|Major Groups > Gilled Mushrooms > Pale-Spored > Hygrophoropsis aurantiaca|
by Michael Kuo
Hygrophoropsis aurantiaca bears a superficial resemblance to chanterelles (especially eastern North America's Cantharellus cinnabarinus), and is often given the label "false chanterelle" in field guides. Unlike chanterelles, however, Hygrophoropsis aurantiaca features true gills, rather than false gills--and it is a soft, flimsy mushroom when compared to the hard-fleshed, sturdy chanterelles.
Defining features for Hygrophoropsis aurantiaca include the repeatedly forked, orange gills; the soft cap surface; the white spore print; and the dextrinoid spores. It is found on the ground, often near rotting wood, under conifers.
Ecology: Saprobic, decomposing forest litter and woody debris; usually found under conifers; occasionally growing from well rotted wood; alone, scattered, or gregarious; summer and fall (and over winter in warm climates); widely distributed in North America. The illustrated and described collections are from Michigan, Ohio, and Québec.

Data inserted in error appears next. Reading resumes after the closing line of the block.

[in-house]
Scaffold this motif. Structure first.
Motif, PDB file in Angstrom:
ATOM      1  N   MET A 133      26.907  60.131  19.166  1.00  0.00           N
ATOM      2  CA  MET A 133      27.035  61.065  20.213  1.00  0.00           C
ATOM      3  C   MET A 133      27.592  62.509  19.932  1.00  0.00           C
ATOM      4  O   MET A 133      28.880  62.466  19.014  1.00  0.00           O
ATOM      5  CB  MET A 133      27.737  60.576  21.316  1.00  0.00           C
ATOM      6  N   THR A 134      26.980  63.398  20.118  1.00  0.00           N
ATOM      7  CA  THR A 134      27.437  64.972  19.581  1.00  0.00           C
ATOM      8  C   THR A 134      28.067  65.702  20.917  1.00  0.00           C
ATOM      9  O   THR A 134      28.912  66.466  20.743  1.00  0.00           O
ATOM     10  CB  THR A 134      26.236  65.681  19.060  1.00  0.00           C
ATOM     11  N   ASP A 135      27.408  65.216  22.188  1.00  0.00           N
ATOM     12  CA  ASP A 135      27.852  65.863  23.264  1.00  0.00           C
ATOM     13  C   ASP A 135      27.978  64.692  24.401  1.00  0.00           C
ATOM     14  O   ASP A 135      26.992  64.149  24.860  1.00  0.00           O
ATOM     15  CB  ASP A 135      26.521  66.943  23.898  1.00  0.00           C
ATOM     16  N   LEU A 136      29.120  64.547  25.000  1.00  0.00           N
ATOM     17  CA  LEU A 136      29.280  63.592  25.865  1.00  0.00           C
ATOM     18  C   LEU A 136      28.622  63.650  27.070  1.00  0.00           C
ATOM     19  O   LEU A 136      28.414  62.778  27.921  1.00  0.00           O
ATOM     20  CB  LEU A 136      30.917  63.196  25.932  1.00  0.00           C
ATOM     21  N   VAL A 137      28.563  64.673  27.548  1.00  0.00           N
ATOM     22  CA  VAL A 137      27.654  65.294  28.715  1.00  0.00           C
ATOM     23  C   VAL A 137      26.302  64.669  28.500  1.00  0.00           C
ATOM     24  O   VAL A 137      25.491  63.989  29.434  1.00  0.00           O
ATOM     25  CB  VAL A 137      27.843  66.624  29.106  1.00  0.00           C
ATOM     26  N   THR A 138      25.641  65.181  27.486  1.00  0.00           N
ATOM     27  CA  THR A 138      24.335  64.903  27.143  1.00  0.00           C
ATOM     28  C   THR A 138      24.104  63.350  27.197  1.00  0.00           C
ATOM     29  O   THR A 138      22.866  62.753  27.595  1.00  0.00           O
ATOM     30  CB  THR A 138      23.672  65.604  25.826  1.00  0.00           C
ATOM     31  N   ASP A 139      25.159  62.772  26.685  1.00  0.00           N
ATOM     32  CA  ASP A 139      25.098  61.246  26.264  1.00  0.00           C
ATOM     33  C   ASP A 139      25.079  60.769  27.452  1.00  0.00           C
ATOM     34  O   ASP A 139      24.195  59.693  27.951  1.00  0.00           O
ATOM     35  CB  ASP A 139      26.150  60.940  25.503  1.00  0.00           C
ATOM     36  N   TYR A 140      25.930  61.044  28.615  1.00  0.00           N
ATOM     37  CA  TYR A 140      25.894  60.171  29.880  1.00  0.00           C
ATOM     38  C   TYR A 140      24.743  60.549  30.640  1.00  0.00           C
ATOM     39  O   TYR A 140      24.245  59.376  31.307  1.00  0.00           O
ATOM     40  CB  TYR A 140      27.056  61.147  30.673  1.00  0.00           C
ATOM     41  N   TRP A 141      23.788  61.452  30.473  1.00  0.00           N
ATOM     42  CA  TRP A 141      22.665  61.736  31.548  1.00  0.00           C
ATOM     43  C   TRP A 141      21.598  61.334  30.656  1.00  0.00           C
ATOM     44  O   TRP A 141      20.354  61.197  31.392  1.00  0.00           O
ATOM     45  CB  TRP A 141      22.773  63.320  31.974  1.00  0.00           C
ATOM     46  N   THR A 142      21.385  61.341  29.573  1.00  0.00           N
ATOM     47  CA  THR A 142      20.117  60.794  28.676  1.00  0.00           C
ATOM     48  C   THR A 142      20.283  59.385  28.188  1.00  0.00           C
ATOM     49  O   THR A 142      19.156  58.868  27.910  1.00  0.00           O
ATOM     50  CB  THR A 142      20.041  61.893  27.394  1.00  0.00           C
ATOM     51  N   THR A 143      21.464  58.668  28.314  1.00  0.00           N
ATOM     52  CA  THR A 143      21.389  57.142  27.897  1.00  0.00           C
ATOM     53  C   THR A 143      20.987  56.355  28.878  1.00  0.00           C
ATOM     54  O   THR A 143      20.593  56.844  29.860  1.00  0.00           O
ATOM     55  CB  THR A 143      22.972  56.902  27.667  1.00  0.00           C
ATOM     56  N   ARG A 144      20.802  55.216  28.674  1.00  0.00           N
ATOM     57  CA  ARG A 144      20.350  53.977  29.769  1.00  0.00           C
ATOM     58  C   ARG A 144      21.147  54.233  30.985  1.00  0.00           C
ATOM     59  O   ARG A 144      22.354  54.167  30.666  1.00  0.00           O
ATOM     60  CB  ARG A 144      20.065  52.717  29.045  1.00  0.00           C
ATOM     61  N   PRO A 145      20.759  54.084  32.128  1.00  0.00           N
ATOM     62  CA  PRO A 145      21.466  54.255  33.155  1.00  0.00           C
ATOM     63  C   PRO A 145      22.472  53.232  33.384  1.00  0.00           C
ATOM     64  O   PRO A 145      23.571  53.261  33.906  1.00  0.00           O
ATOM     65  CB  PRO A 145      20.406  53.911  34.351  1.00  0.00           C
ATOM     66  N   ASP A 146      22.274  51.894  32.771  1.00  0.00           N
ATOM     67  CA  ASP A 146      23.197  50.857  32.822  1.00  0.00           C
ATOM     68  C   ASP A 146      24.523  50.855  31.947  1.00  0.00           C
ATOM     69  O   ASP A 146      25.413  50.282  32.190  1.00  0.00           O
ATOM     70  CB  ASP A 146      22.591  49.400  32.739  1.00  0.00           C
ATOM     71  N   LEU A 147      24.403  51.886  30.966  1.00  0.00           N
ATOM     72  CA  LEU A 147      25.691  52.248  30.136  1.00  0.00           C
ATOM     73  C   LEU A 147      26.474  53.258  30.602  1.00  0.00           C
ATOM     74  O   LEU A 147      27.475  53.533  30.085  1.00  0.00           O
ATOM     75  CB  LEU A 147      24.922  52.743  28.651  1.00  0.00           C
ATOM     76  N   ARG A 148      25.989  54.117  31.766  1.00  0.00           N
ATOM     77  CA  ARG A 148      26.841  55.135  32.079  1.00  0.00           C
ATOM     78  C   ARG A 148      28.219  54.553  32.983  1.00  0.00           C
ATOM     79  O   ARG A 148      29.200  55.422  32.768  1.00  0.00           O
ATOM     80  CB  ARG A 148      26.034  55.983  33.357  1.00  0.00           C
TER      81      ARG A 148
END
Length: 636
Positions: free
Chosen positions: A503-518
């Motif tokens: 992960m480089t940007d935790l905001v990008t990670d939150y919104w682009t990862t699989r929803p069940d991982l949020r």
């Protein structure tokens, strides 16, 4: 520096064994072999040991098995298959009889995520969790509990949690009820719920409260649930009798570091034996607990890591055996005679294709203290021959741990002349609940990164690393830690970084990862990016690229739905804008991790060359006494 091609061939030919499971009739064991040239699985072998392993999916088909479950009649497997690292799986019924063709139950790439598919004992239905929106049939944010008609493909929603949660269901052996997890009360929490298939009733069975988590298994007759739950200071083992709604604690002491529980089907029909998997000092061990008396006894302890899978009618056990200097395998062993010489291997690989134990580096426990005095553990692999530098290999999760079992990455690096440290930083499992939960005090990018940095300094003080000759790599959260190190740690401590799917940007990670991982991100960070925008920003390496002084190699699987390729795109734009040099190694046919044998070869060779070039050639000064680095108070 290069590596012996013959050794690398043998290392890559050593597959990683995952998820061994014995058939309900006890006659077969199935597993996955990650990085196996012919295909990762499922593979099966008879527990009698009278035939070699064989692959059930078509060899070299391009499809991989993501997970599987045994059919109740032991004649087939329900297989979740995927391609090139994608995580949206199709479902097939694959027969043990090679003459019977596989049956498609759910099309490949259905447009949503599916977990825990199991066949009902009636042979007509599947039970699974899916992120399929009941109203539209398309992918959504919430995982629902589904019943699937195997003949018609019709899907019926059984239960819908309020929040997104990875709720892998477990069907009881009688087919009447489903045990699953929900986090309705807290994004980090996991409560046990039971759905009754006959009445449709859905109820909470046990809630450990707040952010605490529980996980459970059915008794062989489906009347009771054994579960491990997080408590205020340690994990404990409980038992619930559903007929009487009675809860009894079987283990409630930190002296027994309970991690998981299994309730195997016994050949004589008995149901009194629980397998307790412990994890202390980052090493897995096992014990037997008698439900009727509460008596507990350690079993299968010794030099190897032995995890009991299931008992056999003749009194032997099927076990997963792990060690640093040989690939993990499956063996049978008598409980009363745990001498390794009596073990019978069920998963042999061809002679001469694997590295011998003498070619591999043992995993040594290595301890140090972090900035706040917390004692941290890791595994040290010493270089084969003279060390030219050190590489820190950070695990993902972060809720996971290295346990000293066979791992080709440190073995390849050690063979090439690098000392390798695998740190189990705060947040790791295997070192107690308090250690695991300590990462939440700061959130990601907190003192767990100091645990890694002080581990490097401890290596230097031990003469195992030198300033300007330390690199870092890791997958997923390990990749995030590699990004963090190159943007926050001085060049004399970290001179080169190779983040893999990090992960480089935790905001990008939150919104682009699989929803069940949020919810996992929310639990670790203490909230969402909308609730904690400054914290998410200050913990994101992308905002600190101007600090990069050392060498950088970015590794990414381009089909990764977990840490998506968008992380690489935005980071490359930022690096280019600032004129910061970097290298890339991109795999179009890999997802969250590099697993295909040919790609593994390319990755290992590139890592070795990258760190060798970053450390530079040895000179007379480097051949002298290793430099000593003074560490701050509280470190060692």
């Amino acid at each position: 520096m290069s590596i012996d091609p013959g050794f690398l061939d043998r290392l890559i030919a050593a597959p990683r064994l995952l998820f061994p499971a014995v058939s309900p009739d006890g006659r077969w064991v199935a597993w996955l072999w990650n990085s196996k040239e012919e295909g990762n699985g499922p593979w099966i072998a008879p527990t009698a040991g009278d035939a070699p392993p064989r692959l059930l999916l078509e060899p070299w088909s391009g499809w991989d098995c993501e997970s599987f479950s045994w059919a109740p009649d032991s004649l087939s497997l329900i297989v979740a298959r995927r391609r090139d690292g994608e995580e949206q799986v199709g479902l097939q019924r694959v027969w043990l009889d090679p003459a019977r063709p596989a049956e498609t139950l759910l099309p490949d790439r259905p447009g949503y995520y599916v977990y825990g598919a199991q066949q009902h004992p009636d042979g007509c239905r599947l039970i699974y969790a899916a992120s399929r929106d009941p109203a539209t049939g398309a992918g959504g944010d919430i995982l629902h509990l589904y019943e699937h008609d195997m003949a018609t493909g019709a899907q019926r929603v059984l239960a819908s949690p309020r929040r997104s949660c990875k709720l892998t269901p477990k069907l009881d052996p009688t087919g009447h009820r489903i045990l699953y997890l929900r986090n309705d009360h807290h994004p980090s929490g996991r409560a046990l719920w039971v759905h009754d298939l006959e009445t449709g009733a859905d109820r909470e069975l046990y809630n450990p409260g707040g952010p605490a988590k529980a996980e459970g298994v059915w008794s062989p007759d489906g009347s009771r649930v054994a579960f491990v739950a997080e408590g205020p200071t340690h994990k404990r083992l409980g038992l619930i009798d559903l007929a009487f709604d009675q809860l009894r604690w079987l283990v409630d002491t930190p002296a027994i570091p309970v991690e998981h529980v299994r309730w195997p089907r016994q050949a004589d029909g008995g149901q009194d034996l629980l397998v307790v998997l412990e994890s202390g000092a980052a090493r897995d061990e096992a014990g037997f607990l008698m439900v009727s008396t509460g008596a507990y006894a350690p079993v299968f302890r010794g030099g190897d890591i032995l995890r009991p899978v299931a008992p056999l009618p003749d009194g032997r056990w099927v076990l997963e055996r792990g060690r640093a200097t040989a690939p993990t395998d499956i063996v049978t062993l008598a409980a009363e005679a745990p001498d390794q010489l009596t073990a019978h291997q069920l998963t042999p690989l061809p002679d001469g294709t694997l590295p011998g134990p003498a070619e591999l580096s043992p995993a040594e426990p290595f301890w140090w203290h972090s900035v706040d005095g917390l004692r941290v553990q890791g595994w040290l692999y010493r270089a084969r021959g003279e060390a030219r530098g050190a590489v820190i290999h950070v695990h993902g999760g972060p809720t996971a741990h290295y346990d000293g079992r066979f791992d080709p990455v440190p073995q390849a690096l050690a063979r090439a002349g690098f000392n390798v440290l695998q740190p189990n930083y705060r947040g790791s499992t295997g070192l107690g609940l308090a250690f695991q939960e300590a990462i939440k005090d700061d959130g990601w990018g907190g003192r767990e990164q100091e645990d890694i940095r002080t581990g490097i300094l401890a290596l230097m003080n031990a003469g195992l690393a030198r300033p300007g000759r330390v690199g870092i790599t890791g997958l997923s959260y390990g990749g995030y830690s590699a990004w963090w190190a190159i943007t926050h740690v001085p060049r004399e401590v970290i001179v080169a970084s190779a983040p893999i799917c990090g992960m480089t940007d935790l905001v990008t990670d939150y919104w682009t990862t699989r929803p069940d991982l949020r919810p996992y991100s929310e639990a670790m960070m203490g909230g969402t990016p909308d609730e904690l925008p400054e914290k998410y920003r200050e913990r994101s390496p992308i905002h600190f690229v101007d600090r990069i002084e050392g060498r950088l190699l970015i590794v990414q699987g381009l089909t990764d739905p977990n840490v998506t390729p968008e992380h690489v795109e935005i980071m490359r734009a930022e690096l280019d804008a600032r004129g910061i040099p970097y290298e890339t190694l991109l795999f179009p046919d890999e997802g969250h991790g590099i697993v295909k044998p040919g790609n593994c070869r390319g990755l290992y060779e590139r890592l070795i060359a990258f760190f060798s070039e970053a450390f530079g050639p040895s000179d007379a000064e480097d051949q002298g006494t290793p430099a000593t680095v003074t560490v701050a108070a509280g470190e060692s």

Cap: 4-8 cm across; convex, becoming broadly convex, flat, or shallowly depressed; dry; very finely velvety and soft to the touch; the margin initially inrolled; color variable, ranging from orange to brownish orange or, in age, brownish yellow; often with a browner center and an "oranger" margin.
Gills: Running down the stem; close or crowded; repeatedly forked; pale to bright orange; soft.
Stem: 2-5 cm long; up to 1 cm thick; often somewhat off-center; more or less equal, or somewhat swollen toward the base; colored like the cap, or paler; discoloring brownish; bald or very finely velvety; basal mycelium white and copious.
Flesh: Thin; whitish.
Odor and Taste: Odor not distinctive, or somewhat fragrant. Taste not distinctive.
Chemical Reactions: KOH on cap surface negative to reddish.
Spore Print: White.
Microscopic Features: Spores 5-7 x 3-4 µ; ellipsoid; smooth; dextrinoid, or with both inamyloid and dextrinoid spores present. Hymenial cystidia absent. Pileipellis a densely tangled layer of clamped, cylindric hyphae 7-12 µ wide; terminal cells cylindric to subclavate.
REFERENCES: (Wulfen, 1781) Maire, 1921. (Fries, 1821; Saccardo, 1887; Kauffman, 1918; Smith, 1975; Smith, Smith & Weber, 1979; Arora, 1986; States, 1990; Breitenbach & Kränzlin, 1991; Phillips, 1991/2005; Lincoff, 1992; Barron, 1999; Roody, 2003; McNeil, 2006; Miller & Miller, 2006; Trudell & Ammirati, 2009; Kuo & Methven, 2014.) Herb Kuo 09120706, 10091001.
Clitocybe aurantiaca and Cantharellus aurantiacus are former names.
Further Online Information:
Cite this page as:
Kuo, M. (2015, March). Hygrophoropsis aurantiaca. Retrieved from the MushroomExpert.Com Web site: http://www.mushroomexpert.com/hygrophoropsis_aurantiaca.html